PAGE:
Kevin Harvick won the NASCAR Cup Series race last week at Texas Motor Speedway, meaning he’s headed to the playoffs’ final four on Nov. 17 at Homestead-Miami Speedway with Martin Truex Jr. and two other drivers who will be determined Sunday at Phoenix.
It’s the fourth consecutive year Harvick — the 2014 Cup champ — has made it to the final four. In doing so, he tied Stewart-Haas Racing co-owner Tony Stewart for 14th on NASCAR’s all-time list with his 49th career victory.
Harvick spoke with reporters after his victory at Texas:
Q. What does it mean to you to tie your boss Tony Stewart with 49 career victories?
“The only conversations that we talked about was we want to win races and have a chance to win championships. And really, to me, that’s the most rewarding thing is seeing the company continue to thrive and win races in different rules packages, big motors, tapered spacers, big spoilers, little spoilers, Fords, Chevrolets. Stewart-Haas Racing has been in Victory Lane, and we’ve been fortunate to win races with all those different scenarios. In the end, that comes down to people. You’re only as good as the people that you have around you.
“Them letting us go out and build a team with people that came to Stewart-Haas Racing to be on that No. 4 car is really what started this whole thing (in 2014). So it’s been a lot of fun. (Tony Stewart) is so laid back and understands how the peaks and valleys go of this particular sport. I’m glad he’s here on the night that we were able to both be 49s. I guess that’s pretty cool.”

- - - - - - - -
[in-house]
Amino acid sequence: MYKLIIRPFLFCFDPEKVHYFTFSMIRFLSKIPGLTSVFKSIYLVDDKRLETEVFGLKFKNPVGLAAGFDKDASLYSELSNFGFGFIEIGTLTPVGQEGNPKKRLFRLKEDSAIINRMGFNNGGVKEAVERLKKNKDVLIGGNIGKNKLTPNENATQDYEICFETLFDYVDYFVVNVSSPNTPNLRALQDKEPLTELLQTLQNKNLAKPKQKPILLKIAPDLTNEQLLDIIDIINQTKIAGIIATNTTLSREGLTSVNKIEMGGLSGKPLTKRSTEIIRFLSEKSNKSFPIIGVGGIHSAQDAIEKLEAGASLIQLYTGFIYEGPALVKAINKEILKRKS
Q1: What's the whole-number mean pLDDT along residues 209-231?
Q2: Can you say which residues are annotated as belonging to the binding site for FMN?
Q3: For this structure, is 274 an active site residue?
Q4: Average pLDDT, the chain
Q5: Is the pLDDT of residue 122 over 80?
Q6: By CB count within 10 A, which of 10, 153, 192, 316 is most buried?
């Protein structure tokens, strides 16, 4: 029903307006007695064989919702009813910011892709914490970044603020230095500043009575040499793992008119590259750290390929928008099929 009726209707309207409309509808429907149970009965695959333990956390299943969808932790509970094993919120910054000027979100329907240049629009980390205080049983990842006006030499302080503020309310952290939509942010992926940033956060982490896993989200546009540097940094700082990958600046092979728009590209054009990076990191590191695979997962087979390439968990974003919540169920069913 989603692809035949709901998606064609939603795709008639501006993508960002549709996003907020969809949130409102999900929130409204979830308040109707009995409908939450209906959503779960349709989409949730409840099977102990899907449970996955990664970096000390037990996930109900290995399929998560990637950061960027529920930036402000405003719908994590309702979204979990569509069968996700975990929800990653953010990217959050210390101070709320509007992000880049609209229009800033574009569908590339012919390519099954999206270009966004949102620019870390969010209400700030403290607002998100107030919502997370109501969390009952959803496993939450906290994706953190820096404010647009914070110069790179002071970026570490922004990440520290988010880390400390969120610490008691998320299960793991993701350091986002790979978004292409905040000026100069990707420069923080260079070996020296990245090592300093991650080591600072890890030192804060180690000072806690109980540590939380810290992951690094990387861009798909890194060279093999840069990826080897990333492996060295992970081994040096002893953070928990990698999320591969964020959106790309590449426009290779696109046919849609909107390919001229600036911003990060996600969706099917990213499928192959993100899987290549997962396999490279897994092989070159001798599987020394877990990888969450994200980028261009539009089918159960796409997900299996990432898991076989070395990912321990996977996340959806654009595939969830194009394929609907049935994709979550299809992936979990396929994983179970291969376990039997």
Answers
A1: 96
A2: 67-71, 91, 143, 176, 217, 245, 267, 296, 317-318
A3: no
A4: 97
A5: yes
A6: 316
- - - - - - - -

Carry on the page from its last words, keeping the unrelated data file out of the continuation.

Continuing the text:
Q. Is making the final four something you still get excited about, or have you come to expect it?
“Every year is different. For me, I would tell you that I just — I don’t think we’ve run as well as we’ve probably wanted to run week in and week out compared to the things that we expect. But this particular year has been neat for me to sit back and watch the evolution of how we progressed with the race cars, how the conversations have progressed, how my theories and things that I think are right and wrong have changed. It’s such a process of going to all these different racetracks.
“You know, there’s just a lot of choices of what you can do to the car and the things that you do, and not being the dominant car on the racetrack has made us work harder.
“It’s evolved into not making mistakes. It’s like (Sunday), where you have the pit road penalty, you put it behind you, and you’re like, OK, well, now what do we do. We went right out and had a bad restart and went further backwards, then you had the penalty and you go all the way to the back and then you change the tires, and you’re like, OK, well, that’s over. And you have to start thinking about how you’re going to get back to the front, and we stayed out longer and the caution came out and next thing you know you’re on the right side of the cycle.
“So those are the types of things that we’ve been reminded of this year, that you have to think about things outside of the box because the box changes a lot. The day that you stop thinking about how you’re going to evolve and get stuck in today and what you did yesterday is the day that this sport will leave you behind. You have to be very open-minded, and this is a progressive sport and you have to keep up with that progression on a weekly basis because it changes rapidly.”
Q. So what is your overall relationship with crew chief Rodney Childers and with the team?
“They expect me to come to the racetrack and be prepared. And the thing about being prepared for me is from a physical standpoint, a mental standpoint, to be as mentally focused as you can. And my age and experience kind of comes into that I guess you could say sometimes because you’ve been to some of these racetracks so many times, and I feel like I know the characteristics of the car.